There’s so much happening in the world of golf. The PGA Tour is rolling out all their plans for the new season, which includes much more digital access for the fans, who can learn even more about the European Tour, LGPA Tour, and the PGA Tour trying to find workable fixes for slow play. We’re also seeing the winner’s circle filled with younger and younger athletes.
Decades after then-20-year-old Francis Ouimet won the U.S. Open Championship silver trophy, it seems that winning at a young age is back in vogue. With the evolution of new equipment, new training and coaching methods, emphasis on proper nutrition, and mental coaching techniques, the young golfers are landing in the winner’s circle. They come out on the PGA Tour just flat out ready to win.
Not only are the winners getting younger, but they also come from all over the world. Last year, 11 out of the 43 tournaments on the PGA Tour were won by non-Americans.
Two weeks ago, the 20-year-old Joaquín Niemann from Chile won handily. This past week, 26-year-old Sebastián Muñoz from Colombia took the honors in Mississippi. For a while, Muñoz didn’t think he had what it took to play with the “Big Boys” on Tour, and had almost resigned himself to returning to Colombia to work on the family’s rubber plantation. That was until he started winning at each level all the way to his first PGA Tour victory. Since the winner’s check was over $1 million, I guess his father will have to post a help wanted ad for work on the farm.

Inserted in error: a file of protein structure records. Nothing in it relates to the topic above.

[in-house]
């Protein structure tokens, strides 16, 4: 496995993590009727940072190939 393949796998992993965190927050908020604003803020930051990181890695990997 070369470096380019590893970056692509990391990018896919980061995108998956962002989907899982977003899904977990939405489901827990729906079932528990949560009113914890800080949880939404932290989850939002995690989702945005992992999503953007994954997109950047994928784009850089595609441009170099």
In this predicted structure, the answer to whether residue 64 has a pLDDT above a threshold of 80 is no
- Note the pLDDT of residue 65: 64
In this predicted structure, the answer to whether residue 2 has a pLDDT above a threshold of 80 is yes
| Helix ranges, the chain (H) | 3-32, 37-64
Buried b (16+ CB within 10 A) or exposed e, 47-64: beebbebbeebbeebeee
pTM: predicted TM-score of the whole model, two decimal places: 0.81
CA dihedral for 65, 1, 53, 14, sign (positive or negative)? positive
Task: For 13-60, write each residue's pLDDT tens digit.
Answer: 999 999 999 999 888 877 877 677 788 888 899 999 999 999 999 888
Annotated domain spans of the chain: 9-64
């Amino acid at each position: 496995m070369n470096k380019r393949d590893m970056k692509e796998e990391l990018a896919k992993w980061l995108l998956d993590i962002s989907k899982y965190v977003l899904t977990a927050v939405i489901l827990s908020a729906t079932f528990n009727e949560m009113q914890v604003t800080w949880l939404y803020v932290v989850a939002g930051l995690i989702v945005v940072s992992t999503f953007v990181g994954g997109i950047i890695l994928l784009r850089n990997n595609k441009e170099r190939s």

Meanwhile, across the pond, the European PGA Championship was played over the magnificent Wentworth Golf Club. Englishman Danny Willett, 31, came out on top despite a strong charge from 24-year-old Spaniard Jon Rahm. Willett experienced a downturn in his game after winning the Masters in 2016, but has now rebuilt his confidence and his game, and is back in the winner’s circle. With this victory, Willett became just the second player to have won the Masters and the European PGA Championship. The first being Sir Nick Faldo.